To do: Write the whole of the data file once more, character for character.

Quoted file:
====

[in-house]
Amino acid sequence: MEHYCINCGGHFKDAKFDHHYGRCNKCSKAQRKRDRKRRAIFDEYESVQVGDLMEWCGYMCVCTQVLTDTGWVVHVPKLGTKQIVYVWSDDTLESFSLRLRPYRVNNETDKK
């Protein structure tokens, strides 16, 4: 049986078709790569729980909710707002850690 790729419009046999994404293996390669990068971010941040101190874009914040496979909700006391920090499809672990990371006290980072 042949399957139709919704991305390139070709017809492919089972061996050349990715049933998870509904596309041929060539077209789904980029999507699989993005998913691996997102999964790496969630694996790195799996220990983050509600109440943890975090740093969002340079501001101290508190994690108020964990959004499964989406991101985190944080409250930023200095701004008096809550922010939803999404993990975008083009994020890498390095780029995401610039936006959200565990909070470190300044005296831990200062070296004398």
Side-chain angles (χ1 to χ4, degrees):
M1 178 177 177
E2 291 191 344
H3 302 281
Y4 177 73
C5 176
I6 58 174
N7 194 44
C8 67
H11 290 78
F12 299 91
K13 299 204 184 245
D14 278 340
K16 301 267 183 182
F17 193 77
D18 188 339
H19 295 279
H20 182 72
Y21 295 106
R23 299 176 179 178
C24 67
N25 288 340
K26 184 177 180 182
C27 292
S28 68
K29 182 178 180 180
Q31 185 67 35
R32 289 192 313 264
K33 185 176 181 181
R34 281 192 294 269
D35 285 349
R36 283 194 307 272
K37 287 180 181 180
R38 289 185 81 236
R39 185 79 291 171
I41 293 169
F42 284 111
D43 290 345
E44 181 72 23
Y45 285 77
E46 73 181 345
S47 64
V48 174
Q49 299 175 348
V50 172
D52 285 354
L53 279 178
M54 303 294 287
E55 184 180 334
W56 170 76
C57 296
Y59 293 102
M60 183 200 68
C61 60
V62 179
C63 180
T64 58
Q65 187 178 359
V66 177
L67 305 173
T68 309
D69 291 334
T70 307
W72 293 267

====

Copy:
[in-house]
Amino acid sequence: MEHYCINCGGHFKDAKFDHHYGRCNKCSKAQRKRDRKRRAIFDEYESVQVGDLMEWCGYMCVCTQVLTDTGWVVHVPKLGTKQIVYVWSDDTLESFSLRLRPYRVNNETDKK
């Protein structure tokens, strides 16, 4: 049986078709790569729980909710707002850690 790729419009046999994404293996390669990068971010941040101190874009914040496979909700006391920090499809672990990371006290980072 042949399957139709919704991305390139070709017809492919089972061996050349990715049933998870509904596309041929060539077209789904980029999507699989993005998913691996997102999964790496969630694996790195799996220990983050509600109440943890975090740093969002340079501001101290508190994690108020964990959004499964989406991101985190944080409250930023200095701004008096809550922010939803999404993990975008083009994020890498390095780029995401610039936006959200565990909070470190300044005296831990200062070296004398």
Side-chain angles (χ1 to χ4, degrees):
M1 178 177 177
E2 291 191 344
H3 302 281
Y4 177 73
C5 176
I6 58 174
N7 194 44
C8 67
H11 290 78
F12 299 91
K13 299 204 184 245
D14 278 340
K16 301 267 183 182
F17 193 77
D18 188 339
H19 295 279
H20 182 72
Y21 295 106
R23 299 176 179 178
C24 67
N25 288 340
K26 184 177 180 182
C27 292
S28 68
K29 182 178 180 180
Q31 185 67 35
R32 289 192 313 264
K33 185 176 181 181
R34 281 192 294 269
D35 285 349
R36 283 194 307 272
K37 287 180 181 180
R38 289 185 81 236
R39 185 79 291 171
I41 293 169
F42 284 111
D43 290 345
E44 181 72 23
Y45 285 77
E46 73 181 345
S47 64
V48 174
Q49 299 175 348
V50 172
D52 285 354
L53 279 178
M54 303 294 287
E55 184 180 334
W56 170 76
C57 296
Y59 293 102
M60 183 200 68
C61 60
V62 179
C63 180
T64 58
Q65 187 178 359
V66 177
L67 305 173
T68 309
D69 291 334
T70 307
W72 293 267